SELinux/ManagingFileContext

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SELinux has a few commands for managing file context.

ls -Z is the tool to use when viewing file context.

There are multiple commands for file labels,

This command is useful if you want to revert back to the default labels on files. For example, you can run restorecon -v -R /var/www/ to reset all the file labels in the /var/www/ directory. Internally, restorecon reads the /etc/selinux/POLICYTYPE/contexts/files/file_contexts* files, which has a set of regular expressions mapping file paths to security contexts.

This command is used to initialize a system. It is used when you touch /.autorelabel; reboot. It takes a file_context directive and usually works at the file system level, whereas restorcon works at the file/directory level.

This command is a shell script that wraps setfiles and restorecon. It provides some nice features, like figuring out which file systems are mounted on the machine and automatically relabeling all of them. It can also take an RPM name as an argument and restorecon all the files in the package. It also has a nice feature used by RPM to compare the previous policy file_context versus the newly installed file context and then runs restorcon on the difference.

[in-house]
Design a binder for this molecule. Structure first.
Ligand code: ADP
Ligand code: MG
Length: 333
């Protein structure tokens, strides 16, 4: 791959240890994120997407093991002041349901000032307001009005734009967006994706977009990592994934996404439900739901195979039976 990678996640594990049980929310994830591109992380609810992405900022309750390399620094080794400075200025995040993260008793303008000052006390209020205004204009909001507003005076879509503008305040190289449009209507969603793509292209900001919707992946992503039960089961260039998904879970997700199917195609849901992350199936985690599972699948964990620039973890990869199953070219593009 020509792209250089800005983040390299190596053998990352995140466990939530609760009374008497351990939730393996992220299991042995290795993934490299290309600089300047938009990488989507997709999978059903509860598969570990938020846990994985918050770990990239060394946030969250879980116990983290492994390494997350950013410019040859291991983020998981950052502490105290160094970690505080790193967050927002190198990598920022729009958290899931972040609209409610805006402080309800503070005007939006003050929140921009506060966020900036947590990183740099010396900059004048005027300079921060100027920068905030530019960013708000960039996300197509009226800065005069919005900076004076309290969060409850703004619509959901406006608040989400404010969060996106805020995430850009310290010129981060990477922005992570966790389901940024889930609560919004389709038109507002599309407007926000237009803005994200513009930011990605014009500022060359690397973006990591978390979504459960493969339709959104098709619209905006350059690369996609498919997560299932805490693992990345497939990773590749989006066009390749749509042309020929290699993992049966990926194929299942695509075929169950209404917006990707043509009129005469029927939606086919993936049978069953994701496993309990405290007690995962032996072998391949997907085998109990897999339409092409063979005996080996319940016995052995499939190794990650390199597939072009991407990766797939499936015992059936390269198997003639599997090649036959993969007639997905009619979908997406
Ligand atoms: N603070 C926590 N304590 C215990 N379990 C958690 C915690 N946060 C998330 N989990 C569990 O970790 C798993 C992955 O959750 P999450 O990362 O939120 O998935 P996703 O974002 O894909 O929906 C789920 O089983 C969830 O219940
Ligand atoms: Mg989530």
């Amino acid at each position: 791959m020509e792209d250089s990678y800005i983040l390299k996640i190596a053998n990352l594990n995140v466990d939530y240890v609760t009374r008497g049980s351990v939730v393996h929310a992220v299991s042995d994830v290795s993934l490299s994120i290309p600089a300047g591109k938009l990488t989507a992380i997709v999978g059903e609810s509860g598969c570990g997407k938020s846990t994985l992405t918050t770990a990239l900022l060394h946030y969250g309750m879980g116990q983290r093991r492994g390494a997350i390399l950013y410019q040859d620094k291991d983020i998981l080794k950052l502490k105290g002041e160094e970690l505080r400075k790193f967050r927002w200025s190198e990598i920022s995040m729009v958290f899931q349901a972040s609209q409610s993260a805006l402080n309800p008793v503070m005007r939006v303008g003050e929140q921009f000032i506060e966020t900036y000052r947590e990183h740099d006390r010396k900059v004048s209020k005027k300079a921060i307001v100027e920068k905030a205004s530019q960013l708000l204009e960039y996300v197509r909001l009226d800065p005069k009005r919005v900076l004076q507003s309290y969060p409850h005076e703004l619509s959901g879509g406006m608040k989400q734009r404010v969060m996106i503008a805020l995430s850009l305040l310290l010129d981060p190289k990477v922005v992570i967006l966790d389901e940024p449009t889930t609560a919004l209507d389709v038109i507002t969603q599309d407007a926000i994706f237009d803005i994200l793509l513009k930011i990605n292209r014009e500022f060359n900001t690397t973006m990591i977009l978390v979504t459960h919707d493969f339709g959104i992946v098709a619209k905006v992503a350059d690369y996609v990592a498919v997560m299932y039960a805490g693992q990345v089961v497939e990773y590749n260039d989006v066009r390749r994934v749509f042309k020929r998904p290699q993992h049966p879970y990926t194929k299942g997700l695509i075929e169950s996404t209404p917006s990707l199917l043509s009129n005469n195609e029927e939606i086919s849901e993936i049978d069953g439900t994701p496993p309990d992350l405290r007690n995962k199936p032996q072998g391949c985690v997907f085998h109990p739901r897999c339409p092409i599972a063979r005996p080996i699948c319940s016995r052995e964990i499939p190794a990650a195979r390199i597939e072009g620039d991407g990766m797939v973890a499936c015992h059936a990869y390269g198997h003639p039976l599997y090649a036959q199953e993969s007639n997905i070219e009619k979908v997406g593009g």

This is a command similar to chmod, that allows the user/administrator to change the file context on a particular file/direcory. The user must specify the context, or partial context. The other file_context tools will overwrite the changed file context to the default unless they are a customizable_types. Customizable types are defined in /etc/selinux/POLIICYTYPE/contexts/customizable_types

This is a simple tool that takes files/directories and prints the default security context of the files.

This tool allows, amongst other things, the default file contexts for files (as used by restorecon etc.) to be displayed or changed. You can use semanage fcontext -l to list all of the default file contexts for a system. This is a list of regular expressions.

File Contexts Sort Ordering

Sometimes it is not obvious from looking at the output of semanage fcontext -l why a particular file has a given default context, since multiple regular expressions might match the pathname of the file. The one that is chosen is the one deemed to be the most specific. The sorting algorithm to determine the most specific match is based on the following heuristics, applied in this order:

When comparing two file contexts A and B...

  • if A is a regular expression and B is not, A is less specific than B
  • if A's stem length (the number of characters before the first regular expression metacharacter) is shorter than B's stem length, A is less specific than B
  • if A's string length (the entire length of the file context string) is shorter than B's string length, A is less specific than B
  • if A does not have a specified type and B does, A is less specific than B
  • else, they are considered equally specific.

These are the same heuristics applied to file contexts when building reference policy.

The sort is implemented as a [wiki:WikiPedia:Merge_sort stable iterative mergesort] .

The possible metacharacters are: . ^ $ ? * + | [ ( { ]